How to: Create a Tool to Get the Full Name of an Assembly

Applies to: SharePoint Foundation 2010

SharePoint Foundation development projects often involve a mixture of code and XML markup. Frequently, you will be adding your new assembly’s full four-part name to a project file, such as an XML configuration file. If your Visual Studio project is based on any of the SharePoint 2010 project templates in Visual Studio, you can simply insert the token $SharePoint.Project.AssemblyFullName$ where the full name of the assembly should be in most kinds of project files (but not .cs or .vb files or other compilable files). When you build and deploy the project, Visual Studio will replace the token with the full assembly name in the copies of the files that are actually deployed. (For more information about the use of SharePoint-oriented Visual Studio tokens, see Replaceable Parameters.)

In some cases, however, you may need to insert the full assembly name into a file type that does not support the Visual Studio tokens. There are also situations in which you are not using one of SharePoint 2010 project templates. For example, some extensions of SharePoint's administrative functionality involve only an ordinary Microsoft .NET Framework console application. In these situations, you will need to know the actual full assembly name. This topic explains how to create a command-line tool that gets the full name of any assembly, and how to add the tool as an item on Visual Studio’s Tools menu so that you can use it to obtain the full name of an assembly that you are developing.

To create a command-line tool that gets an assembly full name

  1. Open Visual Studio as an administrator by right-clicking the program in the Start menu and selecting Run as administrator.

  2. Create a new console application project. In the New Project dialog, select Visual C# or Visual Basic, then select Windows and choose the Console Application template. Name the application "GetAssemblyName". Then click OK.

  3. Replace the entire contents of the Program.cs (or Program.vb) file with one of the following examples (depending on your programming language).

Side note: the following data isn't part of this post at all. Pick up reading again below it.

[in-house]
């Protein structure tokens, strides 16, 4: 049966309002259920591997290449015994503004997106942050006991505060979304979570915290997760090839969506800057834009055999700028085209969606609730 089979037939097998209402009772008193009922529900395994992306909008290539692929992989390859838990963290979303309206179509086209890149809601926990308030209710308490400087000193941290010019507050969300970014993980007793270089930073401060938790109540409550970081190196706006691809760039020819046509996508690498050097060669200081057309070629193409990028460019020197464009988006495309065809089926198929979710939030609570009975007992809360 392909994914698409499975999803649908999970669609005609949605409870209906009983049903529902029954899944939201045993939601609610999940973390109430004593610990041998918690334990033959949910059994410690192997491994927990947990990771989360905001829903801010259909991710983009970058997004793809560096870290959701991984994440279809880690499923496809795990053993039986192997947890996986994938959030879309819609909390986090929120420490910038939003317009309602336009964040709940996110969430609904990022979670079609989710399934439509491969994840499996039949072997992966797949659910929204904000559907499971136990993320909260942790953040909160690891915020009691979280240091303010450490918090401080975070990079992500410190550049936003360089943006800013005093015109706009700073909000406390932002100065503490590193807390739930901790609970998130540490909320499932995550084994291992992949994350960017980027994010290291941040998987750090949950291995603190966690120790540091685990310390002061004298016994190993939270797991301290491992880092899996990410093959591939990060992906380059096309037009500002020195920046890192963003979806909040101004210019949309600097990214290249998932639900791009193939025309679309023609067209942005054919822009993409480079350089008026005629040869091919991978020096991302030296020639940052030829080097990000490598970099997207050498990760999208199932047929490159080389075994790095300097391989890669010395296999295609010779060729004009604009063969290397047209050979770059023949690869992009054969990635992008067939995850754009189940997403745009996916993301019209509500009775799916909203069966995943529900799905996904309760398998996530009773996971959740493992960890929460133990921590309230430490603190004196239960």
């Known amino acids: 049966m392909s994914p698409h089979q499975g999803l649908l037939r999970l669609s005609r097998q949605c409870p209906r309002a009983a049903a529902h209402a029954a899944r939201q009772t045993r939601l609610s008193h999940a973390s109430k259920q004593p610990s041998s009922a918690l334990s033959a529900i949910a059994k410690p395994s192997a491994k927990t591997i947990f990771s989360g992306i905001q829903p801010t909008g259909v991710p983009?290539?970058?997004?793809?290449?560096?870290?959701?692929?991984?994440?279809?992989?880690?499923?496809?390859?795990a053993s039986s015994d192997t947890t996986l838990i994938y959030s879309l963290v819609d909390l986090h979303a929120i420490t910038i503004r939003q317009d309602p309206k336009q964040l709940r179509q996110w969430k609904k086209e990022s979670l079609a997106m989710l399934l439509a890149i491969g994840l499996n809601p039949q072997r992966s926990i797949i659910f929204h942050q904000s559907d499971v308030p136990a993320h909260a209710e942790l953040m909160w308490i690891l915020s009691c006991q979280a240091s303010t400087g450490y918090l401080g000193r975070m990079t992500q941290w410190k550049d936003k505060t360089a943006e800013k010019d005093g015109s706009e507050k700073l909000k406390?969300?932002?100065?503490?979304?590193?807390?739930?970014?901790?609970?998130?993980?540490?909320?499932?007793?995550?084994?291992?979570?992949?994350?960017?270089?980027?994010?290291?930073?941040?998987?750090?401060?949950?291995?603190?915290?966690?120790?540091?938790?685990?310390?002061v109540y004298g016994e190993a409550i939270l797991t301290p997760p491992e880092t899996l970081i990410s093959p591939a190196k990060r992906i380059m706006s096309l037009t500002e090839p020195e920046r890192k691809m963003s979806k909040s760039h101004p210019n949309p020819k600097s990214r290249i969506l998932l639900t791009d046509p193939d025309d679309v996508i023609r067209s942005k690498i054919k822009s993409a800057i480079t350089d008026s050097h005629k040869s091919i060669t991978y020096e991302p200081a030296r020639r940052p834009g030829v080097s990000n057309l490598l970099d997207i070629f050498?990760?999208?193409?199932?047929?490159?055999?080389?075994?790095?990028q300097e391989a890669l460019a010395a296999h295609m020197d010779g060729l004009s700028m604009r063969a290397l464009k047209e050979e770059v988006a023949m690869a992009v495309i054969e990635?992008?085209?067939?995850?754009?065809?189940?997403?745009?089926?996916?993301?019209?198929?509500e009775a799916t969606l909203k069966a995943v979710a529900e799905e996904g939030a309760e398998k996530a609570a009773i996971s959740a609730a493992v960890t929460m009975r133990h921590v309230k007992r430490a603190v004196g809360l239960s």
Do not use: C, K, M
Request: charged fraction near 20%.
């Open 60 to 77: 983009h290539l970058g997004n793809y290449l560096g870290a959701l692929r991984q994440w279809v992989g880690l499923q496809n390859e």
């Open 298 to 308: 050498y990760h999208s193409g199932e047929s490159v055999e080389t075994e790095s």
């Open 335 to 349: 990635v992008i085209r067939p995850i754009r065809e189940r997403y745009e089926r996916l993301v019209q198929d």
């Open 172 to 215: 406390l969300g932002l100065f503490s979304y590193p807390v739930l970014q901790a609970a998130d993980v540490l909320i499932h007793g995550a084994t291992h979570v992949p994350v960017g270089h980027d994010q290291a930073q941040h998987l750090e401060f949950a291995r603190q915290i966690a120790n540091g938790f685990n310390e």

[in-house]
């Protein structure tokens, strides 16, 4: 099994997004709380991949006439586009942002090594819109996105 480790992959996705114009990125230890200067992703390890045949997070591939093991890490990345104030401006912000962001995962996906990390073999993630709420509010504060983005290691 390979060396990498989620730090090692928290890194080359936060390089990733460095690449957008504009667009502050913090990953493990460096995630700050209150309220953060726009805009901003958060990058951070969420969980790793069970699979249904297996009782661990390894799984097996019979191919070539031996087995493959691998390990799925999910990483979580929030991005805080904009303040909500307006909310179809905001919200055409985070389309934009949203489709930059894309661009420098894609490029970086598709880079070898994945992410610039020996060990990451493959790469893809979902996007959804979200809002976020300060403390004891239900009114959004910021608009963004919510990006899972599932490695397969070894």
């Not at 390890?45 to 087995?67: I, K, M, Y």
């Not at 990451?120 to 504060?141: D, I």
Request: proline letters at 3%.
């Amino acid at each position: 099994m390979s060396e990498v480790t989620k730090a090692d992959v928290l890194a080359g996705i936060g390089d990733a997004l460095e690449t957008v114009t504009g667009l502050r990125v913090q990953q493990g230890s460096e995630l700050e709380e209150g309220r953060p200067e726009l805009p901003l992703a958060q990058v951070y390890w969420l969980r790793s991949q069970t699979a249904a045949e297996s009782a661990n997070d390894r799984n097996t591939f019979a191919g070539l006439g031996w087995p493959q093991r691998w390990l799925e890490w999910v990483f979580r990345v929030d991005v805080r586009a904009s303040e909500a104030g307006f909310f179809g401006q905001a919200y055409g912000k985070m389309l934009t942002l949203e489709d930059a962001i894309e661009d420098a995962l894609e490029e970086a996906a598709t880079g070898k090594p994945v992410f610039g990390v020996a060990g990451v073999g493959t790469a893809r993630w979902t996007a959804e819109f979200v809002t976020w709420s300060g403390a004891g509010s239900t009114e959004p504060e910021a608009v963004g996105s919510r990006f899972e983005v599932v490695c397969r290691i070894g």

using System;
    using System.Reflection;
    using System.IO;
    namespace GetAssemblyName
        class Program
            static void PrintUsage()
                Console.WriteLine("Usage: GetAssemblyName.exe <path and filename>\n");
                Console.WriteLine(@"Example: GetAssemblyName.exe C:\MyAssembly.dll");
            static void Main(string[] args)
                if (args.Length < 1 || args[0] == "?")
                string filename = args[0];
                    AssemblyName an = AssemblyName.GetAssemblyName(filename);
                    Console.WriteLine("Fully specified assembly name:\n");
                catch (FileNotFoundException)
                    Console.WriteLine("Cannot locate the assembly. Check the path and try again.");
    Imports System
    Imports System.IO
    Imports System.Reflection
    Module Module1
        Sub PrintUsage()
            Console.WriteLine("Usage: GetAssemblyName.exe <path and filename>" + vbCrLf)
            Console.WriteLine("Example: GetAssemblyName.exe C:\MyAssembly.dll")
        End Sub
        Sub Main(ByVal cmdArgs() As String)
            If cmdArgs.Length = 0 OrElse cmdArgs(0) = "?" Then
            End If
            Dim filename As String = cmdArgs(0)
                Dim an As AssemblyName = AssemblyName.GetAssemblyName(filename)
                Console.WriteLine("Fully specified assembly name:" + vbCrLf)
                Console.WriteLine("Cannot locate the assembly. Check the path and try again.")
            End Try
        End Sub
    End Module
  4. Compile the application and test it.

  5. When you are satisfied that the tool functions correctly, copy the executable to a permanent folder on your computer.

To add a Get Assembly Full Name item to the Tools menu

  1. In Visual Studio, select External Tools from the Tools menu.

  2. In the External Tools dialog, click Add and enter Get Assembly Full Name for the Title.

  3. Fill the Command textbox by browsing to GetAssemblyName.exe.

  4. In the Arguments textbox, type the following (which is case sensitive): $(TargetPath)

  5. Enable the Use Output window checkbox.

  6. Click OK. The new command is added to the Tools menu.

Whenever you need the four-part name of the assembly you are developing, click the Get Assembly Full Name command on the Tools menu and the name will appear in the Output window.


Because the full assembly name includes the Public Key Token which does not exist until the assembly is compiled the first time, you will need to compile the project before using the tool.

See Also


How to: Create a Tool to Get the Public Key of an Assembly